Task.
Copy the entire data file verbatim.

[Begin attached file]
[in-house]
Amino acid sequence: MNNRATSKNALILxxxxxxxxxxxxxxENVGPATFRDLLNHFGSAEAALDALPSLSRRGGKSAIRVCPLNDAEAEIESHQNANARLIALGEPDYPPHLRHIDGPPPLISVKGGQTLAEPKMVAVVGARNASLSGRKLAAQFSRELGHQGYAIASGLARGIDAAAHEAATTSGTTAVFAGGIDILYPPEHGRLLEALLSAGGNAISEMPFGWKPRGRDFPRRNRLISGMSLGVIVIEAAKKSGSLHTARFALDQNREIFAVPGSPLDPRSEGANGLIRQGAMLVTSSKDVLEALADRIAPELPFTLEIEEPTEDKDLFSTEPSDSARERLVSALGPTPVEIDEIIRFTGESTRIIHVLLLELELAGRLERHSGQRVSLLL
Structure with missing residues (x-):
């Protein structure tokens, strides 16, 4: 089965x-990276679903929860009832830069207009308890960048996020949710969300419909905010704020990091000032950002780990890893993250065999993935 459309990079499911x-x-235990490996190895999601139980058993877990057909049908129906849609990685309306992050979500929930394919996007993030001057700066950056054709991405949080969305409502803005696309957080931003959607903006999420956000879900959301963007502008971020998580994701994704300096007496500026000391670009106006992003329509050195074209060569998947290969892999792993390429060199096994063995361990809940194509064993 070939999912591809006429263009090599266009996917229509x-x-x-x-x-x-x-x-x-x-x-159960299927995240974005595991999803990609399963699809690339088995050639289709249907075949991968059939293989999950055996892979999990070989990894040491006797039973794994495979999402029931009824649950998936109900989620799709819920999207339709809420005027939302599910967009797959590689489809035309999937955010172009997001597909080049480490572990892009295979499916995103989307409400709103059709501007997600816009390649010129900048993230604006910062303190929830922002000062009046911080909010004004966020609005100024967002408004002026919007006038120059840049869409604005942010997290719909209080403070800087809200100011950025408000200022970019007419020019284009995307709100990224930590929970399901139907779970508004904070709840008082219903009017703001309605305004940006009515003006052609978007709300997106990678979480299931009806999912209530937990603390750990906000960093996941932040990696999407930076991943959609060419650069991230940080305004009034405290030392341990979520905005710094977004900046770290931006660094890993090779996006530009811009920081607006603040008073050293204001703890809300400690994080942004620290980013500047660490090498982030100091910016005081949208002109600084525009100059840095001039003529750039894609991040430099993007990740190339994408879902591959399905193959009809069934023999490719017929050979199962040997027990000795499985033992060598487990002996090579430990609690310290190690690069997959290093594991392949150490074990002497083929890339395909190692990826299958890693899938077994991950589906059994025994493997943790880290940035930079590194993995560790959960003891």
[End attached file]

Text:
[in-house]
Amino acid sequence: MNNRATSKNALILxxxxxxxxxxxxxxENVGPATFRDLLNHFGSAEAALDALPSLSRRGGKSAIRVCPLNDAEAEIESHQNANARLIALGEPDYPPHLRHIDGPPPLISVKGGQTLAEPKMVAVVGARNASLSGRKLAAQFSRELGHQGYAIASGLARGIDAAAHEAATTSGTTAVFAGGIDILYPPEHGRLLEALLSAGGNAISEMPFGWKPRGRDFPRRNRLISGMSLGVIVIEAAKKSGSLHTARFALDQNREIFAVPGSPLDPRSEGANGLIRQGAMLVTSSKDVLEALADRIAPELPFTLEIEEPTEDKDLFSTEPSDSARERLVSALGPTPVEIDEIIRFTGESTRIIHVLLLELELAGRLERHSGQRVSLLL
Structure with missing residues (x-):
């Protein structure tokens, strides 16, 4: 089965x-990276679903929860009832830069207009308890960048996020949710969300419909905010704020990091000032950002780990890893993250065999993935 459309990079499911x-x-235990490996190895999601139980058993877990057909049908129906849609990685309306992050979500929930394919996007993030001057700066950056054709991405949080969305409502803005696309957080931003959607903006999420956000879900959301963007502008971020998580994701994704300096007496500026000391670009106006992003329509050195074209060569998947290969892999792993390429060199096994063995361990809940194509064993 070939999912591809006429263009090599266009996917229509x-x-x-x-x-x-x-x-x-x-x-159960299927995240974005595991999803990609399963699809690339088995050639289709249907075949991968059939293989999950055996892979999990070989990894040491006797039973794994495979999402029931009824649950998936109900989620799709819920999207339709809420005027939302599910967009797959590689489809035309999937955010172009997001597909080049480490572990892009295979499916995103989307409400709103059709501007997600816009390649010129900048993230604006910062303190929830922002000062009046911080909010004004966020609005100024967002408004002026919007006038120059840049869409604005942010997290719909209080403070800087809200100011950025408000200022970019007419020019284009995307709100990224930590929970399901139907779970508004904070709840008082219903009017703001309605305004940006009515003006052609978007709300997106990678979480299931009806999912209530937990603390750990906000960093996941932040990696999407930076991943959609060419650069991230940080305004009034405290030392341990979520905005710094977004900046770290931006660094890993090779996006530009811009920081607006603040008073050293204001703890809300400690994080942004620290980013500047660490090498982030100091910016005081949208002109600084525009100059840095001039003529750039894609991040430099993007990740190339994408879902591959399905193959009809069934023999490719017929050979199962040997027990000795499985033992060598487990002996090579430990609690310290190690690069997959290093594991392949150490074990002497083929890339395909190692990826299958890693899938077994991950589906059994025994493997943790880290940035930079590194993995560790959960003891």